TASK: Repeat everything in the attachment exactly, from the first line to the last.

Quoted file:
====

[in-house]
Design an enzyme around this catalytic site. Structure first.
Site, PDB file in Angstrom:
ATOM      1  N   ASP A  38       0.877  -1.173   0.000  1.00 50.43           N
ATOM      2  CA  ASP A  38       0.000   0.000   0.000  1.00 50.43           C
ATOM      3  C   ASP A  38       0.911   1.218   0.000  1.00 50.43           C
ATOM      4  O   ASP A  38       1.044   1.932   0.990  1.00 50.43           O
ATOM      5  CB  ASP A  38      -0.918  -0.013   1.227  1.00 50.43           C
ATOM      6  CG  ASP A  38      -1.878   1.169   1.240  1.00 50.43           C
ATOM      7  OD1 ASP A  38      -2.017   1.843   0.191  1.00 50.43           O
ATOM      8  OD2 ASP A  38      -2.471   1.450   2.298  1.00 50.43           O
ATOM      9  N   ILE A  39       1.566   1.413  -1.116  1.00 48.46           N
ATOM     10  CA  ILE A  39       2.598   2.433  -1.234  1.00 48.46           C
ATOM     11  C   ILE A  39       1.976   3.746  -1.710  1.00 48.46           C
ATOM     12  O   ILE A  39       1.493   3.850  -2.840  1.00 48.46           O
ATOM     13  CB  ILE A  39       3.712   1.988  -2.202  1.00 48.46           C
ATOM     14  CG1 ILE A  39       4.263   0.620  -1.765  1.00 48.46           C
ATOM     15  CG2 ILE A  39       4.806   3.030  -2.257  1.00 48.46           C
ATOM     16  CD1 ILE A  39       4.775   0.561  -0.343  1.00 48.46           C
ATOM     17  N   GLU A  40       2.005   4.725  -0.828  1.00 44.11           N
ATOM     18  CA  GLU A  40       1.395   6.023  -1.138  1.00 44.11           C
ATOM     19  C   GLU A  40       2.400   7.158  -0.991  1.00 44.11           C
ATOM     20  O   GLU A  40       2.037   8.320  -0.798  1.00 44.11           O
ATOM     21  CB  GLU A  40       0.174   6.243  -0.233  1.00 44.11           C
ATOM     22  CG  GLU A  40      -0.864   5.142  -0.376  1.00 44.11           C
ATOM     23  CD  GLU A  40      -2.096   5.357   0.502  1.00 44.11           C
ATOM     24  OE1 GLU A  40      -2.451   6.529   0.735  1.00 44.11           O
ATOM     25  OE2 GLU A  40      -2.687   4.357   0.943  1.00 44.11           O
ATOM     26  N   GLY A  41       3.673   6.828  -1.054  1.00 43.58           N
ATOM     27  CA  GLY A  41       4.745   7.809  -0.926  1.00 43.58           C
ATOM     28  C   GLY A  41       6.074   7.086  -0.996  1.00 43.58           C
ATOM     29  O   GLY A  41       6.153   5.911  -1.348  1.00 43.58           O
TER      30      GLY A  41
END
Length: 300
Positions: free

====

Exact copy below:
[in-house]
Design an enzyme around this catalytic site. Structure first.
Site, PDB file in Angstrom:
ATOM      1  N   ASP A  38       0.877  -1.173   0.000  1.00 50.43           N
ATOM      2  CA  ASP A  38       0.000   0.000   0.000  1.00 50.43           C
ATOM      3  C   ASP A  38       0.911   1.218   0.000  1.00 50.43           C
ATOM      4  O   ASP A  38       1.044   1.932   0.990  1.00 50.43           O
ATOM      5  CB  ASP A  38      -0.918  -0.013   1.227  1.00 50.43           C
ATOM      6  CG  ASP A  38      -1.878   1.169   1.240  1.00 50.43           C
ATOM      7  OD1 ASP A  38      -2.017   1.843   0.191  1.00 50.43           O
ATOM      8  OD2 ASP A  38      -2.471   1.450   2.298  1.00 50.43           O
ATOM      9  N   ILE A  39       1.566   1.413  -1.116  1.00 48.46           N
ATOM     10  CA  ILE A  39       2.598   2.433  -1.234  1.00 48.46           C
ATOM     11  C   ILE A  39       1.976   3.746  -1.710  1.00 48.46           C
ATOM     12  O   ILE A  39       1.493   3.850  -2.840  1.00 48.46           O
ATOM     13  CB  ILE A  39       3.712   1.988  -2.202  1.00 48.46           C
ATOM     14  CG1 ILE A  39       4.263   0.620  -1.765  1.00 48.46           C
ATOM     15  CG2 ILE A  39       4.806   3.030  -2.257  1.00 48.46           C
ATOM     16  CD1 ILE A  39       4.775   0.561  -0.343  1.00 48.46           C
ATOM     17  N   GLU A  40       2.005   4.725  -0.828  1.00 44.11           N
ATOM     18  CA  GLU A  40       1.395   6.023  -1.138  1.00 44.11           C
ATOM     19  C   GLU A  40       2.400   7.158  -0.991  1.00 44.11           C
ATOM     20  O   GLU A  40       2.037   8.320  -0.798  1.00 44.11           O
ATOM     21  CB  GLU A  40       0.174   6.243  -0.233  1.00 44.11           C
ATOM     22  CG  GLU A  40      -0.864   5.142  -0.376  1.00 44.11           C
ATOM     23  CD  GLU A  40      -2.096   5.357   0.502  1.00 44.11           C
ATOM     24  OE1 GLU A  40      -2.451   6.529   0.735  1.00 44.11           O
ATOM     25  OE2 GLU A  40      -2.687   4.357   0.943  1.00 44.11           O
ATOM     26  N   GLY A  41       3.673   6.828  -1.054  1.00 43.58           N
ATOM     27  CA  GLY A  41       4.745   7.809  -0.926  1.00 43.58           C
ATOM     28  C   GLY A  41       6.074   7.086  -0.996  1.00 43.58           C
ATOM     29  O   GLY A  41       6.153   5.911  -1.348  1.00 43.58           O
TER      30      GLY A  41
END
Length: 300
Positions: free